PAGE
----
- Do not start the tests until instructed to do so.
- Pick one leg, either leg, and raise it approximately 6 inches off the ground
- Look at your foot
- Count out loud, “one thousand one, one thousand two, one thousand three…” and so on until you are told to stop.
Just as the test must be administered by the police the same way every time, it must also be interpreted in a standardized manner. The interpretation of your performance on this test is determined by the presence of four different clues:
- Sways while balancing
- Uses arms for balance
- Puts foot down
If you exhibit any these four clues, the officer will mark it as a sign of intoxication. Generally, exhibiting the same clue multiple times will still only count as one clue. If you score two or more of the clues, an officer will say you have lost the normal use of your mental and/or physical faculties. However, if you put your foot down three or more times or cannot perform the test, the One-Leg Stand will be terminated for inability to complete the test.
It will be important in fighting your DWI charge that you are represented by a criminal defense attorney who knows this test better than your arresting officer. It is important to tell the officer at the scene anything that might make it difficult for you to perform the test: age, weight, physical limitations etc.
DWI ARREST AND TRANSPORT
Once an officer has placed you under arrest, he will take you back to the station. The trip to the station is often recorded, so if you pass out or curse, expect the officers to use that to tell the jury that is further evidence of your intoxication. At the station, after the book-in process, the officers will ask you to give a specimen of your breath or blood. It is up to the officer which test he is going to offer you. While there is a push to ask for more blood tests, many police departments have invested heavily in breath testing equipment so those departments often ask for breath tests. The officer will warn you that if you refuse to give a specimen, your driver’s license will be suspended for 180 days. If you provide a specimen and the specimen shows you were intoxicated, your license is only suspended for 90 days.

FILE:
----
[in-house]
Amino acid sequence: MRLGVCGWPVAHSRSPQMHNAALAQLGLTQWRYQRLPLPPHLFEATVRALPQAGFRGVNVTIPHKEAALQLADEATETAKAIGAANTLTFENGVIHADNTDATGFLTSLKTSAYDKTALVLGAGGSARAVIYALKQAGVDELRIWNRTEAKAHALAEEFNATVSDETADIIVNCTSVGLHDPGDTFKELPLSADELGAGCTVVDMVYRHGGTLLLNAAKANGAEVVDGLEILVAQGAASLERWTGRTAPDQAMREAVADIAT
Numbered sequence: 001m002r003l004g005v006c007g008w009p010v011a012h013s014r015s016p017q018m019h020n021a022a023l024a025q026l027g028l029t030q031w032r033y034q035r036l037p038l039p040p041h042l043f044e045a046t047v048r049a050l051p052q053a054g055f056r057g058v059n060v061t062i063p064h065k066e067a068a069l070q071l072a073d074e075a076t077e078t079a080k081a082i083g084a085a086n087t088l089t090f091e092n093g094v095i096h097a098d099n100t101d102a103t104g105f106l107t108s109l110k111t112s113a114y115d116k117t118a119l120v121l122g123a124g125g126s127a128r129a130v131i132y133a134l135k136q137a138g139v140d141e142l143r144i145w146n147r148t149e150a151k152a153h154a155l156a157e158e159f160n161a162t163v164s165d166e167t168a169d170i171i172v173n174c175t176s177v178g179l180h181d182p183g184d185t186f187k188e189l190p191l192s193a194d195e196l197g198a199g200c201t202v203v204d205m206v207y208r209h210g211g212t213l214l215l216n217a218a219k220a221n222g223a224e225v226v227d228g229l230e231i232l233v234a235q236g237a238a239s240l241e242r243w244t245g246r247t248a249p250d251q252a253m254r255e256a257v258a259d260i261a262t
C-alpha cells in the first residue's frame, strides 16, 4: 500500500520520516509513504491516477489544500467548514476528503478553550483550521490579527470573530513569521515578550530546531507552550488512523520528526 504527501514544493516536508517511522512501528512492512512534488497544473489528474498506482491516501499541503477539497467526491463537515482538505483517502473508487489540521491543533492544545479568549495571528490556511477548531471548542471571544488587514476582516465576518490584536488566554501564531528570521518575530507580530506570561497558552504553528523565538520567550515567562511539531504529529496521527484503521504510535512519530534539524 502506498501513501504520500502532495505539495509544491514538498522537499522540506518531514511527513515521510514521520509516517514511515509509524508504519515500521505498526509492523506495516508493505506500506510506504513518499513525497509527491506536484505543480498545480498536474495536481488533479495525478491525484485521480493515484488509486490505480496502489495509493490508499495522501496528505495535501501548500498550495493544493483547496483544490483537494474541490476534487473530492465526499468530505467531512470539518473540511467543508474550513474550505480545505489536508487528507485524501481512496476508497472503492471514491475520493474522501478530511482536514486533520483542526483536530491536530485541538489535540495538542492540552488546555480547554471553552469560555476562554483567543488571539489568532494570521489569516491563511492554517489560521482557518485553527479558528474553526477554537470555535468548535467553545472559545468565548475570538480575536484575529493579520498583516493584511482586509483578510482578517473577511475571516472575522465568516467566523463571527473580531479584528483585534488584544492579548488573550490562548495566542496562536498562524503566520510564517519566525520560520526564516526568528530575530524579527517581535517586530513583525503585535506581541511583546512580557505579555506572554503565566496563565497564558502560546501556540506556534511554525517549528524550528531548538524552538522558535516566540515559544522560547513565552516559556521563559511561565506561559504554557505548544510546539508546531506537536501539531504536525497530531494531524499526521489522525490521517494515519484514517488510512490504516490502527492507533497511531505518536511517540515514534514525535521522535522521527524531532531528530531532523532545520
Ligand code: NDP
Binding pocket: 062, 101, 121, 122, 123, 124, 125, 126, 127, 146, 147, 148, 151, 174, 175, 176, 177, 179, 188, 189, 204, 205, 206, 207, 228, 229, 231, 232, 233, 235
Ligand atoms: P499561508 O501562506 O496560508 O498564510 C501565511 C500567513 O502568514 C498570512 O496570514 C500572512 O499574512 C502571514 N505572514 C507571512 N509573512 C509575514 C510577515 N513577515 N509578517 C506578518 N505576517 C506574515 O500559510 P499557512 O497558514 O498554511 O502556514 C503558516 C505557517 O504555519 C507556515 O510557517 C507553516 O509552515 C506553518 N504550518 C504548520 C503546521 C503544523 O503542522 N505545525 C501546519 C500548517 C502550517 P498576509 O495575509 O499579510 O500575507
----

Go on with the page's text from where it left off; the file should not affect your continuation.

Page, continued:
Learn about bonding someone out on a DWI charge.
Intoxication Defined in Texas:
We understand that clients who hire us are coming to us with the biggest problems in their lives, and we treat their problems with the care and attention warranted by the problem. We seek out the best outcomes by over-preparing, finding weaknesses in the State’s case, through careful negotiations and, when necessary, trial.
We’ve handled hundreds of intoxication-related charges. All of our partners are former prosecutors. We not only know the State’s playbook, in many cases we helped write it. We have over half a century of experience handling criminal cases, and we are ready to put our experience to work for you.
We know you have a lot of options to chose from. You probably got a couple dozen letters in the mail soliciting your business. You’ll never get one from us. Instead, we hope our results and reviews speak for themselves. Recent Results.
Time is of the Essence
As former prosecutors, we know the best results go to the most proactive attorneys. Additionally, DWIs have strict deadlines that could affect your ability to drive. Call us today at (817) 203-2220 or contact us online to find out how you can get started with our firm.